Cuba: fight the lies, end the blockade

Despite their own hardships, Cubans have marched in solidarity with Palestine, demanding an end to Israeli genocide and imperialist complicity

On 29 February, for the first time Cuba requested emergency assistance from the UN World Food Programme, to provide state-guaranteed powdered milk for all children under seven. Food and energy shortages, a consequence of the US’s 63-year illegal blockade of Cuba, have unsurprisingly led to some Cubans expressing their frustration through public protests.

On 17 March, a few hundred protesters gathered in various locations in the eastern part of Cuba, including the country’s second-largest city Santiago, fed up with lengthy electricity blackouts and issues with food availability. US-backed social media platforms attempted to stoke unrest by promoting false narratives regarding the extent and nature of the protests, hoping for a repeat of violent demonstrations that took place on 11 July 2021. These attempts failed, due to a swift response by both the Cuban state and the Communist Party, ensuring that the gatherings remained nonviolent and constructive in nature.

Counterrevolutionary social media provocateurs shared videos from 27 January of the annual ‘March of the Torches’, which celebrates independence hero José Marti, claiming that these were videos of anti-government protests. The US embassy in Cuba worked in tandem, quoting a spokesperson for the US State Department on its Facebook page:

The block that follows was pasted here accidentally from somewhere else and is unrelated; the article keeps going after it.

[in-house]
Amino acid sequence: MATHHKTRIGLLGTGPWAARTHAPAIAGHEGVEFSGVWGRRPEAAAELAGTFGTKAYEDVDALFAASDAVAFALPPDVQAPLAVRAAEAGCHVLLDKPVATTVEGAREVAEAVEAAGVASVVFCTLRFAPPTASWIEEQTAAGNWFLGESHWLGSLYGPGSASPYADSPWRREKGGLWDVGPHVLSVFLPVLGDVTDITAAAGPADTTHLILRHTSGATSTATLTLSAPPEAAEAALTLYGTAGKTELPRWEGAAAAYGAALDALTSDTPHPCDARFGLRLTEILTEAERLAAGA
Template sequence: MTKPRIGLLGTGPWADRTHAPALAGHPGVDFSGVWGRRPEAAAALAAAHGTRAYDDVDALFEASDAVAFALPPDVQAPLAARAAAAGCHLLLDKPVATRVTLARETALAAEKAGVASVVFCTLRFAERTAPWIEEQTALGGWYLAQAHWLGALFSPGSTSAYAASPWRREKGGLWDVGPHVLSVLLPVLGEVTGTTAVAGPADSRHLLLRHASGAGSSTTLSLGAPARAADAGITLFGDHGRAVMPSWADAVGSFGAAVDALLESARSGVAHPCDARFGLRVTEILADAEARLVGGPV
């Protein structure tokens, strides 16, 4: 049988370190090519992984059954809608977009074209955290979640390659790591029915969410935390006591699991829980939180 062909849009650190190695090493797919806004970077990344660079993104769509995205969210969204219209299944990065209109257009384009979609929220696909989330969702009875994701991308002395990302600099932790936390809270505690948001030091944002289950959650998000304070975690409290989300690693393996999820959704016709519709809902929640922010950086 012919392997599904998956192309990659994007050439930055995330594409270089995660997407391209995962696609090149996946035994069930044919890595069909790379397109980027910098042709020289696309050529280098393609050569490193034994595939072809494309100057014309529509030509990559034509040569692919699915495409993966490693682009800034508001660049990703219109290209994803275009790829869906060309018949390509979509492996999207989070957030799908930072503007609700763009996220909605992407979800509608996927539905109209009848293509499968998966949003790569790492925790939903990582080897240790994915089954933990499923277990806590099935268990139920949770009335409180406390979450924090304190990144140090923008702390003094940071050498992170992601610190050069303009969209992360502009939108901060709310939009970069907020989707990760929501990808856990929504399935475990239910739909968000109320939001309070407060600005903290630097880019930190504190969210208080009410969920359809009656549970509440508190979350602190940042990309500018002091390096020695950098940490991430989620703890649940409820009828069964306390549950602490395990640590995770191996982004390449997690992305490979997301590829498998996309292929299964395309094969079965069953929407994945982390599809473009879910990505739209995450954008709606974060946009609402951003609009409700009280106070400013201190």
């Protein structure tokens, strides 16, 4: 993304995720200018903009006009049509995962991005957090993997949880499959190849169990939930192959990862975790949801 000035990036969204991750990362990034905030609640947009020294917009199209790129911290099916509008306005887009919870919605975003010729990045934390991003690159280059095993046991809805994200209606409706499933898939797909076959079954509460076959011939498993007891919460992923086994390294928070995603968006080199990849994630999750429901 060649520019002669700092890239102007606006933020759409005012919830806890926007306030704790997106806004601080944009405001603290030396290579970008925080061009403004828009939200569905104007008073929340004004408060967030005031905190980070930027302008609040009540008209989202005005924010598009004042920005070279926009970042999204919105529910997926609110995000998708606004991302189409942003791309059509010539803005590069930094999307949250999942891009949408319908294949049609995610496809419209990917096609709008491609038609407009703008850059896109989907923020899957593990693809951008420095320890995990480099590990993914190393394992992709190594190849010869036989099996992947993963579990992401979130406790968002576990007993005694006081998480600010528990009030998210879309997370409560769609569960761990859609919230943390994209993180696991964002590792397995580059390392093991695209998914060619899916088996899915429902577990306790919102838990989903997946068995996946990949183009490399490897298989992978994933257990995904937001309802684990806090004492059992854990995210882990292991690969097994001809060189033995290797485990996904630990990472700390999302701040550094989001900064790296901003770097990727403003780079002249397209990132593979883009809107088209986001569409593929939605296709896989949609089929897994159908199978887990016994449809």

‘We urge the Cuban government to refrain from violence and unjust detentions’. Bourgeois media outlets uncritically parroted this line fed to them by US imperialism. But the root cause of the extreme hardship which was the focus of the protesters’ complaints is the devastating impact of the US blockade against Cuba. Damages inflicted upon the island nation’s energy sector alone have surpassed $3.7bn since the implementation of the blockade, severely hampering Cuba’s ability to generate power and distribute fuel and electricity. Moreover, the US’s punitive measures are extraterritorial, imposing steep fines on oil tankers delivering supplies to Cuba, and placing the country on the ‘State Sponsors of Terrorism’ list, damaging its financial relationships with third parties.

The US chargé d’affaires in Havana, Benjamin Ziff, was formally summoned before Cuban officials to answer for his embassy’s interference in Cuban affairs by amplifying baseless claims about the scale and scope of the protests, and for posts on X/Twitter calling on the Cuban government to ‘respect the human rights of the protesters and address the legitimate needs of the Cuban people’. This is pure hypocrisy, as the US continues to wage economic war on Cuba, calculated to ‘[deny] money and supplies to Cuba, to decrease monetary and real wages, to bring about hunger, desperation and overthrow of government’, according to an infamous memorandum penned by the US Deputy Assistant Secretary of State for Inter-American Affairs, Lestor Mallory, 64 years ago on 6 April 1960. A few days after the protests Donald Trump, who during his last term as US President initiated 243 punishing new unilateral measures against Cuba, weighed in at an election campaign rally in Florida which is a stronghold of right-wing Cuban exiles: ‘I want the people of Cuba to know that we are watching what is happening in Santiago very closely… Under my administration, we will return to being very strong on the oppressors.’